In this work we have implemented several heuristics to compute a global optimal binary solution of bound constrained nonlinear optimization problems, which have been incorporated into FA, yielding the herein called HBFA. The problems addressed in this study have bounded continuous search space. Our FA proposal uses dynamic updating schemes for two parameters, from the attractiveness term and from the randomization term, and considers the Lévy distribution to create randomness in firefly movement. The performance behavior of the proposed heuristics has been investigated. Three simple heuristics capable of transforming real continuous variables into binary ones are implemented. A new sigmoid “” function is proposed. In the context of the firefly algorithm, three different implementations aiming to incorporate the heuristics for binary variables into FA are proposed (mCS, mBS, and pBC). Based on a set of benchmark problems, a comparison is carried out with other binary dealing metaheuristics, namely, AMPSO, binPSO, binDE, and AMDE. The experimental results show that the implementation denoted by mCS when combined with either the new sigmoid “” function or the rounding scheme based on the floor function is quite efficient and superior to the other methods in comparison. The statistical analysis carried out on the results shows evidence of statistically significant differences on efficiency, measured by the number of function evaluations, between the implementation mCS based on the floor function approach and the mBS based on both tested sigmoid functions schemes. We have also investigated the effect of problem’s dimension on the performance of our algorithm. Using the Friedman statistical test we conclude that the differences on efficiency are not statistically significant. Another simple experiment has shown that the implementation mCS with the sigmoid “” function is effective in solving two small 0-1 KP. The performance of this simple heuristic strategy will be further analyzed to solve large and multidimensional 0-1 KP. Future developments concerning the HBFA will consider its extension to deal with integer variables in nonlinear optimization problems. Different heuristics to transform continuous real variables into integer variables will be investigated. Challenging mixed-integer nonconvex nonlinear problems will be solved.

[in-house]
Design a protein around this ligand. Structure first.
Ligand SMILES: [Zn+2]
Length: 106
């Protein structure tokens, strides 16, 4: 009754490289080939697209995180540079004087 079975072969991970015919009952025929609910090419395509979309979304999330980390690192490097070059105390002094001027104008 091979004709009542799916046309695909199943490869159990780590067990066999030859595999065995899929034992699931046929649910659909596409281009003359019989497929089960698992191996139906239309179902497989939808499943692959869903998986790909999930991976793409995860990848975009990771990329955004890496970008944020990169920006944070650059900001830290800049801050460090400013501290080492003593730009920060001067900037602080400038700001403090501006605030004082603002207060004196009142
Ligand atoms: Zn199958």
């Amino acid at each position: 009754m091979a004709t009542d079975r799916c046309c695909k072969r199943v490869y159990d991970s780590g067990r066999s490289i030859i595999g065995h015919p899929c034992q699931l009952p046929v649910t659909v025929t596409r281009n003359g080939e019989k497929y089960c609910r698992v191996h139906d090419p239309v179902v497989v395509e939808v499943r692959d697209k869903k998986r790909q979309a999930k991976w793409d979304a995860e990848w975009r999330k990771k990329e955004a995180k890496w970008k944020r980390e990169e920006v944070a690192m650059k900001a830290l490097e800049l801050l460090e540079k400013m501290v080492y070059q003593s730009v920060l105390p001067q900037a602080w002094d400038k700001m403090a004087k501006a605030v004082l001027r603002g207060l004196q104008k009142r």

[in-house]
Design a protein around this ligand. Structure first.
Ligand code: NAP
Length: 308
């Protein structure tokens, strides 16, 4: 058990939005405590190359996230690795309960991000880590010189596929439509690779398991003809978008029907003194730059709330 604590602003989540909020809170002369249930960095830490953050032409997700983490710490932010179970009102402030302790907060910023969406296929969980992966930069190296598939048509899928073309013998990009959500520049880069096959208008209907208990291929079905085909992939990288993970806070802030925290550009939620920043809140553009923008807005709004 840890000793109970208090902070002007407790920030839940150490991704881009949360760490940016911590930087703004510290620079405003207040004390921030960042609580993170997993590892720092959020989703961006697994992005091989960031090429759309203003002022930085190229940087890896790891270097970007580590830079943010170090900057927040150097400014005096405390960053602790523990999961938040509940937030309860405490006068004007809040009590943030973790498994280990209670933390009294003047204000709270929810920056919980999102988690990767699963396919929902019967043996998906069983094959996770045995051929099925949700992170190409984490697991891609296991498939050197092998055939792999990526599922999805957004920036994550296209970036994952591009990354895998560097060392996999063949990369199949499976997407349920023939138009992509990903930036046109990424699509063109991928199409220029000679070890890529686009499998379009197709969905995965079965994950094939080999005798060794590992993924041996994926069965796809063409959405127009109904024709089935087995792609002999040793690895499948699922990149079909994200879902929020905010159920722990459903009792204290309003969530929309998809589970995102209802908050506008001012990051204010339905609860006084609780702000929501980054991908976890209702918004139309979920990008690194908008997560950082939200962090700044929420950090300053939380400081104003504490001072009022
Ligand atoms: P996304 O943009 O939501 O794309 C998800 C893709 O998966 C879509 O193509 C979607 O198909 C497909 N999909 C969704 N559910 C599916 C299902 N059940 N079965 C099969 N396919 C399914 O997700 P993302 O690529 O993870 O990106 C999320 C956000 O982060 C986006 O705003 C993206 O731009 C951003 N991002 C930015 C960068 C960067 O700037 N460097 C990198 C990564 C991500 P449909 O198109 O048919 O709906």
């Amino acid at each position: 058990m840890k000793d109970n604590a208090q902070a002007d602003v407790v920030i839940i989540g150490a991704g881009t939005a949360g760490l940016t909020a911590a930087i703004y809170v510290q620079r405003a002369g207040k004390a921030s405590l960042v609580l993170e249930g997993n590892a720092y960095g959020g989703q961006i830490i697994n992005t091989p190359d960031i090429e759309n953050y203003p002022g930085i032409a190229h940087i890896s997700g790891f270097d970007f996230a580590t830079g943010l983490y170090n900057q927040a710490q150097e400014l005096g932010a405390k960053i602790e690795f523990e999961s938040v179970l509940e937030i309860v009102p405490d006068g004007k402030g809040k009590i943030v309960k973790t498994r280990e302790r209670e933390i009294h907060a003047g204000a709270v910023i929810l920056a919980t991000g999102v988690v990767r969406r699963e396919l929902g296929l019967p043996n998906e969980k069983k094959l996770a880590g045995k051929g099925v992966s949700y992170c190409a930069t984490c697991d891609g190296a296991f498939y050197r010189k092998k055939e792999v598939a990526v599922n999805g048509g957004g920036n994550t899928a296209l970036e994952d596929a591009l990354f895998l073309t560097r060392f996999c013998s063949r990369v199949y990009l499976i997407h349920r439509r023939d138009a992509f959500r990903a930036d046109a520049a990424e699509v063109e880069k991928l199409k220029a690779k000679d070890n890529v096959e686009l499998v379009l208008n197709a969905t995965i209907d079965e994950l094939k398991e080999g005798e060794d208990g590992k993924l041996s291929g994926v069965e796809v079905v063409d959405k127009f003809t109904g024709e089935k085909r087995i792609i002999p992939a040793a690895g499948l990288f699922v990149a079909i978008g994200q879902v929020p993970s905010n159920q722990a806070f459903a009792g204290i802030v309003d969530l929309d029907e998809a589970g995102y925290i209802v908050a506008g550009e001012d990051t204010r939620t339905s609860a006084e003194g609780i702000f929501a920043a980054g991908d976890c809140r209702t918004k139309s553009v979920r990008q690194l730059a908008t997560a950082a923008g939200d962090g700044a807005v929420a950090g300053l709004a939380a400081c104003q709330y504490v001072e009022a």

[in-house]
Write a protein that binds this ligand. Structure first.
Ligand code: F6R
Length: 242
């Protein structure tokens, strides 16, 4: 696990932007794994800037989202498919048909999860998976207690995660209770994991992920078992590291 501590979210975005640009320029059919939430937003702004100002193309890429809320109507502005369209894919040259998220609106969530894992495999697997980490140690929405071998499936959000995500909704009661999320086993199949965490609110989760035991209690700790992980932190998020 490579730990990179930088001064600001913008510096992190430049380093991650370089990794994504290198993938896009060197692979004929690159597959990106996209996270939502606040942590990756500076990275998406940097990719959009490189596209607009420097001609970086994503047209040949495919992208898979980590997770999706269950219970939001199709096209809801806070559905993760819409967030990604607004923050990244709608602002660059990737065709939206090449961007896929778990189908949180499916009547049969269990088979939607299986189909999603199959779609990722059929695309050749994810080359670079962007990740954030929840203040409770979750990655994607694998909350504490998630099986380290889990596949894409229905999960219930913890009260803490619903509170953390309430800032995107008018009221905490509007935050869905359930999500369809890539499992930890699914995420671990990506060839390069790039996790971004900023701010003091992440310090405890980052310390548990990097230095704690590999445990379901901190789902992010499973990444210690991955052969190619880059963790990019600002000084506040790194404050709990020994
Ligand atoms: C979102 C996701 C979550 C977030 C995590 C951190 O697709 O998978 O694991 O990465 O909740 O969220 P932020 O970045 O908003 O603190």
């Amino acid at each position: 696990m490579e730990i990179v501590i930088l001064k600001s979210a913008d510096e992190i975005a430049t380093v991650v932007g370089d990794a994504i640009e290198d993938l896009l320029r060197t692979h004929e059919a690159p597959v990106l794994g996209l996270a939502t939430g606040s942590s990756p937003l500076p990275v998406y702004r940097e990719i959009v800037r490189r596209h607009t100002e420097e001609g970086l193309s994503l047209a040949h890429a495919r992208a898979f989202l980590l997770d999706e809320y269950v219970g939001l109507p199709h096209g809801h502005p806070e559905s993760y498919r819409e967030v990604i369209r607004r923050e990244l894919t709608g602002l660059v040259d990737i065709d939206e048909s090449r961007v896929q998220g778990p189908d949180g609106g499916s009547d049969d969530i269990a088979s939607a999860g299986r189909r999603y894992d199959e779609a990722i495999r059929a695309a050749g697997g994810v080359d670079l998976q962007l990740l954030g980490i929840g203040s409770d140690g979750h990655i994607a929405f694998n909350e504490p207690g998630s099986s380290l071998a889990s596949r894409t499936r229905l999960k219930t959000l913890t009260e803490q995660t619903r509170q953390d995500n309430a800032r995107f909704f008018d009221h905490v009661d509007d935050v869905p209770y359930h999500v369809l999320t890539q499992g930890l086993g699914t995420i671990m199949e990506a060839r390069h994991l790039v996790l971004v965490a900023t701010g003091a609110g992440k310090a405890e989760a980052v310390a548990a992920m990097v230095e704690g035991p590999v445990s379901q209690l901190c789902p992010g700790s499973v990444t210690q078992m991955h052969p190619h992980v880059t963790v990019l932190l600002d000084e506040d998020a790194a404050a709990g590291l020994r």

Conflict of Interests

The authors declare that there is no conflict of interests regarding the publication of this paper.

Acknowledgments

The authors wish to thank two anonymous referees for their valuable suggestions to improve the paper. This work has been supported by FCT (Fundação para a Ciência e Tecnologia, Portugal) in the scope of the Projects PEst-OE/MAT/UI0013/2014 and PEst-OE/EEI/UI0319/2014.